Geddy Lee Reveals Why He Never Collected Basses During Rush Career

 
 

The electric bass's legacy after some 70 years in production is one of service and sacrifice. The earliest versions of the instrument provided welcome reprieve to itinerant jazzman who was breaking his back lugging an unwieldy upright to gigs.  

In a more modern context, the instrument has been holding rhythm sections together for decades, bringing the thump and bridging the sonic gap between lead and percussion instruments.

It also helped make Rush front man Geddy Lee a rock and roll icon.

One of the world's foremost bassists Lee is out to extoll the beauty of the bass guitar with his new Big Beautiful Book of Bass, which is a "compendium of the rare, iconic and most importantly, weird" instruments that have given rock music its big bottom over the last 60 or so years.  

Lee, who is a connoisseur of many things besides the bass, went headlong into the history of his instrument as Rush's end drew near. Despite being one of the world's most recognizable bassists for several decades, during his heyday Lee only ever owned a handful of four-strings.

That changed after Rush's final tour (and we do mean final) in 2015. With the help of his longtime guitar tech John "Skully" McIntosh, Lee started a bass collection that quickly ballooned to nearly 260 instruments by the time he completed his book this year.

"It sort of speaks to my insanity," Lee tells Q104.3 New York's Out of the Box with Jonathan Clarke. "For me, the bass was a tool for most of my career. I only wanted to use basses that fit into my idea of the sound I wanted to achieve. It was a sound that served my identity as a bass player."

To that point, some of Lee's most prized pieces are instruments that were put to work over many years, not neglected for posterity's sake just to maintain their good looks. One such bass is a 1961 Fender Precision Bass that was owned by The Who's John Entwistle

He says it's one of the only basses he has with a famous name attached to it (other than his own road worn basses). The other gem of Lee's collection is a pair of 1964 Fender Jazz Basses in decoder red. 

"One spent its life under a bed, it's barely been played; it's pristine," he explains. "And the other one pictured beside it I found in Ireland, and it was owned by a single bass player who played in his own Irish show band for 45 years. And when I open the case of that, the first thing that comes out is the smell of cigarettes and beer. And that thing has war wounds, and oh my god, it took my tech, Skully, weeks to clean that thing up and make it playable. But when you see the two side-by-side, it really tells such a wonderful story."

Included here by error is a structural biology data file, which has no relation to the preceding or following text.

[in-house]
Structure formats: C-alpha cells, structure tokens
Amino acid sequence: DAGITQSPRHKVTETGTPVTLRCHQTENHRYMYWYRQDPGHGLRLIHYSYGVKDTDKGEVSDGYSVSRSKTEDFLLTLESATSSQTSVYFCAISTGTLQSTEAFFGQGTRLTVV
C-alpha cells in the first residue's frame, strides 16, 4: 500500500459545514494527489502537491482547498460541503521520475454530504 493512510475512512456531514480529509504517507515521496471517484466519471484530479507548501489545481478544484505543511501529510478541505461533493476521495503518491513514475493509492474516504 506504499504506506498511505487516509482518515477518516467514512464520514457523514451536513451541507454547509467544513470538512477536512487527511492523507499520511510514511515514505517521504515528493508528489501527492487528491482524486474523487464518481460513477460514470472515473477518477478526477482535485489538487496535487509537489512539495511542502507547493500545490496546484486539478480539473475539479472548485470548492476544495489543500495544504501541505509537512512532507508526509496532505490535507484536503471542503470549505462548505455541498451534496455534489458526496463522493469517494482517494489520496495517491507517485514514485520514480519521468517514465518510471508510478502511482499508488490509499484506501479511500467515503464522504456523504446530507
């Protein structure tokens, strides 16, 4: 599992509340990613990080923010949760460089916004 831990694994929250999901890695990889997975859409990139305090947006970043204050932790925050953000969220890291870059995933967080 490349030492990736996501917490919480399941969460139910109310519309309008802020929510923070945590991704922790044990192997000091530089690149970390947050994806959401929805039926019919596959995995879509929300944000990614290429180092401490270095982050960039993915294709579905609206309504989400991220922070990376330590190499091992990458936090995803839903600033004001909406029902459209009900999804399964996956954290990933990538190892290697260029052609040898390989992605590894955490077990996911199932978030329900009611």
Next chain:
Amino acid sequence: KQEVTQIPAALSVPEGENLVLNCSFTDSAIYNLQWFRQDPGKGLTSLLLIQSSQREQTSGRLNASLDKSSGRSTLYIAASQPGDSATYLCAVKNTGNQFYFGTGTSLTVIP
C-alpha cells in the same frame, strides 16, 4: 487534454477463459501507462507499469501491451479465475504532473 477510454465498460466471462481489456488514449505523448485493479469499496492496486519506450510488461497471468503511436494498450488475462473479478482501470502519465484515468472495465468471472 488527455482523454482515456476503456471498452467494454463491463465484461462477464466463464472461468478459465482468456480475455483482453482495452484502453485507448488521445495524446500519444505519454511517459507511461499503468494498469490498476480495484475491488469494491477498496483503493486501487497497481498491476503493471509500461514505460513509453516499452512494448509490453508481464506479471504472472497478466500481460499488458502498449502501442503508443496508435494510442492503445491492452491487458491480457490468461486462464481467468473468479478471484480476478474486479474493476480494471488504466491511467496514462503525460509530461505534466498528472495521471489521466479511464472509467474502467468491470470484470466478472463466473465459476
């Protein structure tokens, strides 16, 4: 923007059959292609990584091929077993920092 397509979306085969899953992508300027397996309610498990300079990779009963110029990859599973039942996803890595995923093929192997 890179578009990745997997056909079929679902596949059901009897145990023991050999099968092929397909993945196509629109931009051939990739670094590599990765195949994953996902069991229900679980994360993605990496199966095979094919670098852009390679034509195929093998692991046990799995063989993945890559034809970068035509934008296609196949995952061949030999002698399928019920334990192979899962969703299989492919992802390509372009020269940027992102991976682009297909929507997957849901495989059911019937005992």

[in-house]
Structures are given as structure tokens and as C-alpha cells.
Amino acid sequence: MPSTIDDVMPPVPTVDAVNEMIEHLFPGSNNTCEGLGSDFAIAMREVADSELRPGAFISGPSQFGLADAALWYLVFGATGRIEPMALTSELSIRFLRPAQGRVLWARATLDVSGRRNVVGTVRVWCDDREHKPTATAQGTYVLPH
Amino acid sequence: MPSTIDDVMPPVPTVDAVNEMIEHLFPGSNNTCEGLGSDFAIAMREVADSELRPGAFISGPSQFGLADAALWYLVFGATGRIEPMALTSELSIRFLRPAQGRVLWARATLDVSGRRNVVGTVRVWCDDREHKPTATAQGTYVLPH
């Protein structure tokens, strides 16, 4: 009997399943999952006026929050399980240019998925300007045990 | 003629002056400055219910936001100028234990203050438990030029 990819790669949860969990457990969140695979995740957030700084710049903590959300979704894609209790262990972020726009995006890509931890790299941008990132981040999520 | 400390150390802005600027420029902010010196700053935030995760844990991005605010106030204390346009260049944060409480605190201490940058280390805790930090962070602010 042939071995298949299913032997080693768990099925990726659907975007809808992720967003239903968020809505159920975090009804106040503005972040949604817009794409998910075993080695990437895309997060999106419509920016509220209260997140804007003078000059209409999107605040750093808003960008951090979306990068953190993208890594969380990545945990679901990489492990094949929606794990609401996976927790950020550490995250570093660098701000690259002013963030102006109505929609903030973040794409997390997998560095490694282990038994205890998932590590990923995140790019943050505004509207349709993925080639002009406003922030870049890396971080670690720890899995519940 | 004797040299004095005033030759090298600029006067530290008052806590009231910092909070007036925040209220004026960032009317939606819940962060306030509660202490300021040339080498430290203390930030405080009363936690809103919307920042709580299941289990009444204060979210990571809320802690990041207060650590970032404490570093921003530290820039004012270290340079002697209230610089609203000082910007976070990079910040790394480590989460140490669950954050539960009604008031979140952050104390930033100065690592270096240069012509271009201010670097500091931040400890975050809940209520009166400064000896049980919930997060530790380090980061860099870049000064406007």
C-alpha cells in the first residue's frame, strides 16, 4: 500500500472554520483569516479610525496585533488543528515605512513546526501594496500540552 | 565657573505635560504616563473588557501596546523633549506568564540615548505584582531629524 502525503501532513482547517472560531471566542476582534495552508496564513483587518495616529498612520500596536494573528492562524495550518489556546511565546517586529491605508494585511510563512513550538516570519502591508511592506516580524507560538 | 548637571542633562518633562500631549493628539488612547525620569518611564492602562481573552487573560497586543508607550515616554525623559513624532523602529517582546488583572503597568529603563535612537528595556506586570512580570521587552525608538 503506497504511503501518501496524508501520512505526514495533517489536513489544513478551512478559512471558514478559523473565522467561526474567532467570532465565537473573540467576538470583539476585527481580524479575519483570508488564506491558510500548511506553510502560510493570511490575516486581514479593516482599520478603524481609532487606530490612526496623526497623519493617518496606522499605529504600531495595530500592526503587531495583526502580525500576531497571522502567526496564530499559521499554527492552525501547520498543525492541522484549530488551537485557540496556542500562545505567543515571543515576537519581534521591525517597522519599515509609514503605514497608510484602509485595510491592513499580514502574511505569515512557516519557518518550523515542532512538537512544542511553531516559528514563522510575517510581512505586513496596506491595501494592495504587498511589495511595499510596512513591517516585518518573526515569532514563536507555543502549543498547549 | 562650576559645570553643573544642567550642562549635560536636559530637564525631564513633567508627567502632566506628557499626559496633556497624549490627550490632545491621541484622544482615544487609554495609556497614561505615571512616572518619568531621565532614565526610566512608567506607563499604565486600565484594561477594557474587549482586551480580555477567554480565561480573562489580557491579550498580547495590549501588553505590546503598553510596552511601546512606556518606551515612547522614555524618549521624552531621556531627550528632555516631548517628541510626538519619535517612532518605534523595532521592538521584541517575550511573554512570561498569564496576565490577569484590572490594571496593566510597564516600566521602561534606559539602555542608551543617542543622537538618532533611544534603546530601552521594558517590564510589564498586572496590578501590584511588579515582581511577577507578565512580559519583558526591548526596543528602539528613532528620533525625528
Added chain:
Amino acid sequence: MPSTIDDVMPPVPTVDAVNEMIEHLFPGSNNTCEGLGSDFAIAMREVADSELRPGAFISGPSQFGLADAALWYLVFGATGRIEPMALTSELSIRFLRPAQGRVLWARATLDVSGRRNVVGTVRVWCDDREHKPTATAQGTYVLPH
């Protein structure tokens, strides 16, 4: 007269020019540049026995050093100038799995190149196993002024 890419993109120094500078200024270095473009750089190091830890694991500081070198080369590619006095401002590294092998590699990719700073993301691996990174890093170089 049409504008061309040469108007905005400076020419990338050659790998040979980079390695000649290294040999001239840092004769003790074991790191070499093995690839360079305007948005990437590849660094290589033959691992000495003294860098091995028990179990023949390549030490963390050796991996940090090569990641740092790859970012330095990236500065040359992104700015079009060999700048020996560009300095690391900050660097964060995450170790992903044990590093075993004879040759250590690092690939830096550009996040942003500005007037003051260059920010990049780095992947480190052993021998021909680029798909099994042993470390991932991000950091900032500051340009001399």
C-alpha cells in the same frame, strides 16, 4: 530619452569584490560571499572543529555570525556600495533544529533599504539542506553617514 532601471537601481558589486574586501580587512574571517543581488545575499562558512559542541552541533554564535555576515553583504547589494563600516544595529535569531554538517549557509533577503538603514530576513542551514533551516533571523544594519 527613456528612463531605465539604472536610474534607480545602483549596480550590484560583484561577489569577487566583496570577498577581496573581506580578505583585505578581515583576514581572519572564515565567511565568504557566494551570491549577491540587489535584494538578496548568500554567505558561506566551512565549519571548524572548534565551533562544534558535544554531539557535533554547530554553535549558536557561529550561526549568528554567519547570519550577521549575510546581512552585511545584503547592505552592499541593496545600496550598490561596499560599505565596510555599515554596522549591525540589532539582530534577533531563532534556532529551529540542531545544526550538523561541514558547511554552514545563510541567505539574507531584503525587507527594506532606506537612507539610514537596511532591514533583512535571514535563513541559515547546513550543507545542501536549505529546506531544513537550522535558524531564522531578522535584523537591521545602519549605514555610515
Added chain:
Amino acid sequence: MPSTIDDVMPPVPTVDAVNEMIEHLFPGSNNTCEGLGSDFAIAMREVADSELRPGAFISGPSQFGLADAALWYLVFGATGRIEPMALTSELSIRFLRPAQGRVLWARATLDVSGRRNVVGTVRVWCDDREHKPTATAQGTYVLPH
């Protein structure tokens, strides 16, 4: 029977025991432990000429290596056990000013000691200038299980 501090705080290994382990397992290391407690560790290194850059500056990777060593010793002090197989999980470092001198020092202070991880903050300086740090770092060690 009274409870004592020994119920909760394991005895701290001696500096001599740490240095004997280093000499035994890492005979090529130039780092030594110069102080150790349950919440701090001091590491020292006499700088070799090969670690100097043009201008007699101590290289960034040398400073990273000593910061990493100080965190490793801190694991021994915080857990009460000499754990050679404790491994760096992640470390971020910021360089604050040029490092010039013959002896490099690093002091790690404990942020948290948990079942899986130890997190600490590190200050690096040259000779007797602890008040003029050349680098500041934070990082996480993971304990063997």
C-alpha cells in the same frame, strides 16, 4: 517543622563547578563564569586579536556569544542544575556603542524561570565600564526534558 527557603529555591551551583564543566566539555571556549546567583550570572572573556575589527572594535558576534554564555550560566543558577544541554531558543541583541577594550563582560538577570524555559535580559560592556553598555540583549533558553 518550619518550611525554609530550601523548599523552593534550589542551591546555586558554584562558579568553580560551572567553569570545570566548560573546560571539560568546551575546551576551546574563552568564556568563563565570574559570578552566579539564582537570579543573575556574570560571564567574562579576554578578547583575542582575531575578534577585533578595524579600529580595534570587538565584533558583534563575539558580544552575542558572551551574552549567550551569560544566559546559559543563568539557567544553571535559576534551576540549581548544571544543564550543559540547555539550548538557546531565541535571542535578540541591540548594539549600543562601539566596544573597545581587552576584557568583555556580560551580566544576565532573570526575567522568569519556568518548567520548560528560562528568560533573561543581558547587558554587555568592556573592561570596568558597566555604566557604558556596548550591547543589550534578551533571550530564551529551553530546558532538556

Lee's collection is less about the basses themselves and more about the stories contained within them. With each new piece he acquired for the book, he dove further down the history of music in the 20th century until he came to realize how little has been written about it. 

"I felt also that there's a lot books out there about guitars and vintage guitars and collecting guitars, but I felt the like the books on bass were a bit meager and didn't really show the love that I felt the bass deserved. So I wanted to make a beautiful book — that's why that title is what it is. I didn't want it to be that big, but I got carried away." 

For the book, Lee interviewed also some fellow bass disciples, who also have a part in rock and roll history. People like former Rolling Stones bassist Bill Wyman, longtime Ozzy Osbourne studio bassist and collaborator Bob Daisley, Metallica's Robert Trujillo, Led Zeppelin's John Paul Jones and others.

Lee says it was important to represent the perspective and the experience of the rock bassist over the past 50 years or so.  

"The interview portion really is a way of bringing these instruments to life, to remind people that it's not just wood, metal and plastic. They're bringers of joy; they brought a living to these people. They're a way of these artists to express themselves. So I think it really helps the context of what people are looking at when they flip through the book."

See the full interview above!

Lee also names some of his favorite bassist's of all-time, he talks about the brilliance of Paul McCartney and reveals the inspiration he gets from his "Explore" page on Instagram.

Get more information on Geddy Lee's Big Beautiful Book of Bass here!

And of course you can follow Lee on his appropriately-named Instagram account, @geddyimages

 

And it couldn't hurt to listen to "Limelight" right now, so here you go:

 
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